Fight the Future
Hosted by: Dan Saunders and Paul Saunders
First Published: March 30, 2015
Rating: For teens, with light swearing; one episode has a trigger warning
Update Schedule: Fortnightly
Current Status: Final episode airs March 29, 2016 [Updated with new details]
Not long after I published my list of what kinds of works should receive the Geeking Out About… seal of approval for celebrating inclusivity and diversity, I read a notice on the message board for this podcast that it was going to be going to be ending this year. This prompted me to fire off an email to Paul Saunders asking him if I could include the podcast as one of my platform planks because even though I was an infrequent listener (due to my not having read or seen all of the works they were reviewing), I really enjoyed the premise of the podcast and what it was attempting to achieve. His response was to be flattered but wonder if they were even eligible, something about which I was quick to reassure them. And yet, I am totally not surprised to know that was the first reaction from him, seeing as he is a member of my favorite Internet sketch comedy troupe Loading Ready Run.
The Five-Sentence Synopsis
Canadian brothers Dan Saunders and Paul Saunders (and their guests) first introduce, then recap the entire plot of a young adult dystopian science fiction movie or book as objectively as they can, perhaps with some comedic asides. Next, they discuss the plausibility of the worldbuilding as well as how scary the world is for its fictional characters. There’s a section where they talk about what kind of characters they would be in the fictional world, and then using either clues left by the creators or information from official sequels, they talk about what hope there is for the characters in the fictional world beyond the end of the book or movie. Finally, there’s either a snippet of a scene from the movie or a song which they feel illustrates the work the best, and a final summary from the hosts before the sign-off.
There are many podcasts out there which are dedicated to reviewing books and movies from a critics’ perspective. However, I believe this is one of the first podcasts I’ve heard of which reviews the actual worlds in which the books or movies take place. Of all the episodes I’ve heard, there are very few instances in which I feel that either Dan or Paul or their guests know or care too much about the current science fiction/fantasy literary blogosphere’s opinions of the works, its creators, its production team, or the actors portraying the characters. They are just there to discuss the work and only the work. When they do bring in references to other works or the greater outside world, they do it either near the beginning or near the end so that the discussion of most of the episode is focused on just the world inside the movie or book. It’s both fan discussion and literary criticism in its purest form, where the only clues you have are the work itself, the world you currently inhabit, your personal experiences, and that’s it. From the very first episode, I loved this premise and found myself wanting to join in on the discussion in either the forum threads or the comments on the YouTube version of the podcasts. (It’s also available on iTunes and well as having its own RSS feed as well.) They are never mean or cruel when they point out major flaws, which is very much in keeping with the whole Loading Ready Run ethos which I love. They’re also not slavish in their approval or disapproval, which I really appreciate. I even love the original theme song, composed by Bradley Rains.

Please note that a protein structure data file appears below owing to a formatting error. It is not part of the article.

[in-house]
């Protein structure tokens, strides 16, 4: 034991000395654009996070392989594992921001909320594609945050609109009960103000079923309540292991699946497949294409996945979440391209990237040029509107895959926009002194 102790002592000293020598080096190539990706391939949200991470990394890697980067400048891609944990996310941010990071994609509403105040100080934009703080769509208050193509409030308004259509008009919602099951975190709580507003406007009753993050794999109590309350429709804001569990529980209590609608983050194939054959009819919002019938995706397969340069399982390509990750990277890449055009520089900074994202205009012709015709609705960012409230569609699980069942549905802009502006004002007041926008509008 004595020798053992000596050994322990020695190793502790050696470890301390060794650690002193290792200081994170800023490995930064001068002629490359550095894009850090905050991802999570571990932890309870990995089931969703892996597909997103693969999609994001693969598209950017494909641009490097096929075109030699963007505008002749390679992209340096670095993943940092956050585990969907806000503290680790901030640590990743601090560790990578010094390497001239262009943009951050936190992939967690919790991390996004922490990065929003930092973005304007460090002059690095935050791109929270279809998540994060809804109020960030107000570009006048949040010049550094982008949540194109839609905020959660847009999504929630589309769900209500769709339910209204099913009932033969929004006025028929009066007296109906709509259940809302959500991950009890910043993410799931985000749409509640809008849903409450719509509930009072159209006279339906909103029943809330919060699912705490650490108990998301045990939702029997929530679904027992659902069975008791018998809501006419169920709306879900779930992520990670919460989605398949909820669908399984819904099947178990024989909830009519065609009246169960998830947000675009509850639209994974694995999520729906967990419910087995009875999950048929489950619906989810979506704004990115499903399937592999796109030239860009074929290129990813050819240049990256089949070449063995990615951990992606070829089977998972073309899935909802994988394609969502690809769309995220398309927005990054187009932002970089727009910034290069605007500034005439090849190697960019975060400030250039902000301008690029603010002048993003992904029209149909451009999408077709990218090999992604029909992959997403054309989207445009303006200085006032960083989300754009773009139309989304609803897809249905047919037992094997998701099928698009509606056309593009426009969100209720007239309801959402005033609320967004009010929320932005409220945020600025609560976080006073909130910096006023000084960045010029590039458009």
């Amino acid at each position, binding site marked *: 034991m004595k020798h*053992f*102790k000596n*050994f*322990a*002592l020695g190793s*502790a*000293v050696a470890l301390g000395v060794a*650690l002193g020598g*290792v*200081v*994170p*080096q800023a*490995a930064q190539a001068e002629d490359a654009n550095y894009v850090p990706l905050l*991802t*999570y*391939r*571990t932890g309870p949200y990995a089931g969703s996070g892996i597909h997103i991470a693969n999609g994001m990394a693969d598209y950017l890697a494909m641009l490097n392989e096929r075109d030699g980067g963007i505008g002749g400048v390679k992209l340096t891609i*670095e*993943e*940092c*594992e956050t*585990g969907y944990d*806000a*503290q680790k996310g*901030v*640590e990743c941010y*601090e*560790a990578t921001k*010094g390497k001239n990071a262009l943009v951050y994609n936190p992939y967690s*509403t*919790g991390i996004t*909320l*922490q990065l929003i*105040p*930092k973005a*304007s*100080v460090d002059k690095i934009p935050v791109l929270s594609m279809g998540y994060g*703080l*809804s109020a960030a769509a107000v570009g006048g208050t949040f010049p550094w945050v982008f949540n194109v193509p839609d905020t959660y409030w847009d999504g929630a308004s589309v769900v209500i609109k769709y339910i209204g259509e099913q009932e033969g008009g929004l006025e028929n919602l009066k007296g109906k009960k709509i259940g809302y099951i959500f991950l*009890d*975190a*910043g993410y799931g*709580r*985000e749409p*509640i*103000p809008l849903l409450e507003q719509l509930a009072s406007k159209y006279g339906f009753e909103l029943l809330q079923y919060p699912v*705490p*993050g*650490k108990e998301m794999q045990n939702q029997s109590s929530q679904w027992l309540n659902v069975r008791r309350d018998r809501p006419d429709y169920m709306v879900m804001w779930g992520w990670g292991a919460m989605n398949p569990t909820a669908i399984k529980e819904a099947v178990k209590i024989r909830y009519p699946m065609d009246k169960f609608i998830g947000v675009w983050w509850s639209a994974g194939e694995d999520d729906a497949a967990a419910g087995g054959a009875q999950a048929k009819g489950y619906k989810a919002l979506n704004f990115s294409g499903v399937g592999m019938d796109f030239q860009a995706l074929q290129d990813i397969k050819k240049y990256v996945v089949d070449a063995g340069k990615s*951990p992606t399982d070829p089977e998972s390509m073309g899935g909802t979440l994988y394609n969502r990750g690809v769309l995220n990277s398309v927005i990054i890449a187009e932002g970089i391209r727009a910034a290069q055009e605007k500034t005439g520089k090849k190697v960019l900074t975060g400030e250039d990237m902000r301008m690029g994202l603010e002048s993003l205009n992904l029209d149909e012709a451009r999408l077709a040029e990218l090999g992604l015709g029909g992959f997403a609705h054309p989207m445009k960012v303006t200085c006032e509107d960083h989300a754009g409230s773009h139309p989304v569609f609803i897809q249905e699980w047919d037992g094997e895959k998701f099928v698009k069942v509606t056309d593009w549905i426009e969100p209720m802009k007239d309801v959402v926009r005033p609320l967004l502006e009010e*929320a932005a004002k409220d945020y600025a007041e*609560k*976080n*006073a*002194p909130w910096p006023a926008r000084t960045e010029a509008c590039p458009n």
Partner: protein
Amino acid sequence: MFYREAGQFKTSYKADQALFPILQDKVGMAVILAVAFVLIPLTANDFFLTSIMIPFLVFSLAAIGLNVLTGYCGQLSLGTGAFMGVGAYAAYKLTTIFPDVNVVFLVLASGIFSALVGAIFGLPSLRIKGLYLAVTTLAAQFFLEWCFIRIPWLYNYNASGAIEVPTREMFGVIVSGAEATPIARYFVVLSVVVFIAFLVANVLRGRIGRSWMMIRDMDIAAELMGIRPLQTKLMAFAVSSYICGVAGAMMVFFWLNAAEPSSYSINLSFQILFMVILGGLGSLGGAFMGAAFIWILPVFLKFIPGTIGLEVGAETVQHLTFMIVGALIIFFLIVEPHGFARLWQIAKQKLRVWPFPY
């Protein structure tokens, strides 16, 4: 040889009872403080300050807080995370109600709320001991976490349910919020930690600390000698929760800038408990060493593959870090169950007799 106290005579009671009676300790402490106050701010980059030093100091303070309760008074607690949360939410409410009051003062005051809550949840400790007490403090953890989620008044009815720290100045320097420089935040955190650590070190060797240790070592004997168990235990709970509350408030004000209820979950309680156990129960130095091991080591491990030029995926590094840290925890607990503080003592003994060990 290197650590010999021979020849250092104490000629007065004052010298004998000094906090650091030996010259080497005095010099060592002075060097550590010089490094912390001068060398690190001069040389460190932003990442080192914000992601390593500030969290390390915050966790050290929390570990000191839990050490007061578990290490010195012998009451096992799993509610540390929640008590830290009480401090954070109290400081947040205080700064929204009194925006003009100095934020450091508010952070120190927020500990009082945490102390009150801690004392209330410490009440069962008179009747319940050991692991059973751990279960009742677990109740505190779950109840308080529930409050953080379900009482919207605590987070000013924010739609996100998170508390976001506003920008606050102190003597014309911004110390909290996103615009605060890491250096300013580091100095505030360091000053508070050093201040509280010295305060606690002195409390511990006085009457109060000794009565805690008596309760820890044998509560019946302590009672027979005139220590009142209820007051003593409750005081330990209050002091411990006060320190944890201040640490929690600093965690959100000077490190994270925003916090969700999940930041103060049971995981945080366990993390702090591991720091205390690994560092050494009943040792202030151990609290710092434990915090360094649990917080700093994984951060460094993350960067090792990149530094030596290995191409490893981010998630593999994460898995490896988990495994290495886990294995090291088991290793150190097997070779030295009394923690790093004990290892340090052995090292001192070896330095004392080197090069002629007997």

Episode 8 – A Boy and His Dog: Dan reads out the email Paul sent to him with his concerns about how they’ll cover the movie. (“It ends with the hero KILLING HIS LOVE INTEREST AND FEEDING HER TO HIS DOG!”)
Episode 15 – Battle Royale: Dan and Paul pick out which of their former 15-year old classmates would they kill or be killed by. (“I see all these cute faces and I see them all as potential killers.”)
Episode 23 – The Knife of Never Letting Go: Guest host Emily explains why this dystopic world is particularly horrific to her. (“It’s pretty much my world anyway.” “It’s called ‘The Internet.'”)
As I begin to evaluate works for my platform, I’m starting to realize that just like the Bechdel or the Mako Mori test, just because a work can stand on my platform on a superficial level, it doesn’t mean that the work is a perfect example of a truly diverse work. In my email correspondence with him, Paul Saunders admitted that the podcast isn’t very diverse. “We have tried to get as many different special guests with different points of view as possible,” he wrote in an email, “but obviously the pool of people in our social circles that are available and have an interest in the topic is not that big.” My reaction to that is a hope that for any future podcast they do, he and/or Dan are able to reach out to members of the YA dystopia fiction community at large who can recommend more works by non-Caucasian, cisgendered Canadian authors and/or filmmakers or more guests who aren’t from just North America.
At last year’s CONvergence, the theme was all about dystopian futures. While at a MetaFilter meetup, I mentioned Fight the Future to a person I was meeting in person for the first time and extolled its virtues. Months later, she asked me about the podcast because clearly the idea of it was something that had stuck in her mind after all that time. Fight the Future is a podcast which was sadly limited in its length and lasted for only a year, but should be pointed out as one of the best productions of 2015. That’s why I’m nominating it for a Hugo Award this year and next year, and I hope that many of you agree.
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